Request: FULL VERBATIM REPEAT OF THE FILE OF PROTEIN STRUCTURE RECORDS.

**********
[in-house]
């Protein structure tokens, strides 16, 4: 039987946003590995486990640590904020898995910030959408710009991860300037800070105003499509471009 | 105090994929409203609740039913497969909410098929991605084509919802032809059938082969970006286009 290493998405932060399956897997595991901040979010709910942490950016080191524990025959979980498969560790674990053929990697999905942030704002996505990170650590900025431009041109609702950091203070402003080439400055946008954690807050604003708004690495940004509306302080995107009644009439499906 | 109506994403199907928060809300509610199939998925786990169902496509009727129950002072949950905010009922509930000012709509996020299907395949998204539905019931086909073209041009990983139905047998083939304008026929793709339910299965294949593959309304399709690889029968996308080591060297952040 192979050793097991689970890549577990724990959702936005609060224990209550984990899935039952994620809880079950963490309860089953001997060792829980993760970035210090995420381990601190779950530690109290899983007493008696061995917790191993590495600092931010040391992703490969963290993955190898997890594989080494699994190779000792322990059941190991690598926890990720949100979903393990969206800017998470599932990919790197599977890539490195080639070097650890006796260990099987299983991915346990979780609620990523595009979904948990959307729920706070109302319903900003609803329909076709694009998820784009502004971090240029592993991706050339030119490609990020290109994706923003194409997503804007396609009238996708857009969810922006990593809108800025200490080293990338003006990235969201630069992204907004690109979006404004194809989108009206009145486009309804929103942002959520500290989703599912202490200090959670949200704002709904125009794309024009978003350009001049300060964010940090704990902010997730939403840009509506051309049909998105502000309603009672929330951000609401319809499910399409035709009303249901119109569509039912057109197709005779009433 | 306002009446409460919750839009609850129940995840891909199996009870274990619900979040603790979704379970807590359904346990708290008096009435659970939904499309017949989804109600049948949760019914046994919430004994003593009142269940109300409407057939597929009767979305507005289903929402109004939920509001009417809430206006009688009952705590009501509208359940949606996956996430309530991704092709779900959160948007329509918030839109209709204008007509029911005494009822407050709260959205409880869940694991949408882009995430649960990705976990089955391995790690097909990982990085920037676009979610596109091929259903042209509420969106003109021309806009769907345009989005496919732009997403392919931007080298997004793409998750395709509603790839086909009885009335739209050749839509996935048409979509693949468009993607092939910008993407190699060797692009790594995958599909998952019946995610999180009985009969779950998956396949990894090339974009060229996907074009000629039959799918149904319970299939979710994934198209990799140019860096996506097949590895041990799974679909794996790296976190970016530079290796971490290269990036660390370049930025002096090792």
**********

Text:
[in-house]
């Protein structure tokens, strides 16, 4: 039987946003590995486990640590904020898995910030959408710009991860300037800070105003499509471009 | 105090994929409203609740039913497969909410098929991605084509919802032809059938082969970006286009 290493998405932060399956897997595991901040979010709910942490950016080191524990025959979980498969560790674990053929990697999905942030704002996505990170650590900025431009041109609702950091203070402003080439400055946008954690807050604003708004690495940004509306302080995107009644009439499906 | 109506994403199907928060809300509610199939998925786990169902496509009727129950002072949950905010009922509930000012709509996020299907395949998204539905019931086909073209041009990983139905047998083939304008026929793709339910299965294949593959309304399709690889029968996308080591060297952040 192979050793097991689970890549577990724990959702936005609060224990209550984990899935039952994620809880079950963490309860089953001997060792829980993760970035210090995420381990601190779950530690109290899983007493008696061995917790191993590495600092931010040391992703490969963290993955190898997890594989080494699994190779000792322990059941190991690598926890990720949100979903393990969206800017998470599932990919790197599977890539490195080639070097650890006796260990099987299983991915346990979780609620990523595009979904948990959307729920706070109302319903900003609803329909076709694009998820784009502004971090240029592993991706050339030119490609990020290109994706923003194409997503804007396609009238996708857009969810922006990593809108800025200490080293990338003006990235969201630069992204907004690109979006404004194809989108009206009145486009309804929103942002959520500290989703599912202490200090959670949200704002709904125009794309024009978003350009001049300060964010940090704990902010997730939403840009509506051309049909998105502000309603009672929330951000609401319809499910399409035709009303249901119109569509039912057109197709005779009433 | 306002009446409460919750839009609850129940995840891909199996009870274990619900979040603790979704379970807590359904346990708290008096009435659970939904499309017949989804109600049948949760019914046994919430004994003593009142269940109300409407057939597929009767979305507005289903929402109004939920509001009417809430206006009688009952705590009501509208359940949606996956996430309530991704092709779900959160948007329509918030839109209709204008007509029911005494009822407050709260959205409880869940694991949408882009995430649960990705976990089955391995790690097909990982990085920037676009979610596109091929259903042209509420969106003109021309806009769907345009989005496919732009997403392919931007080298997004793409998750395709509603790839086909009885009335739209050749839509996935048409979509693949468009993607092939910008993407190699060797692009790594995958599909998952019946995610999180009985009969779950998956396949990894090339974009060229996907074009000629039959799918149904319970299939979710994934198209990799140019860096996506097949590895041990799974679909794996790296976190970016530079290796971490290269990036660390370049930025002096090792």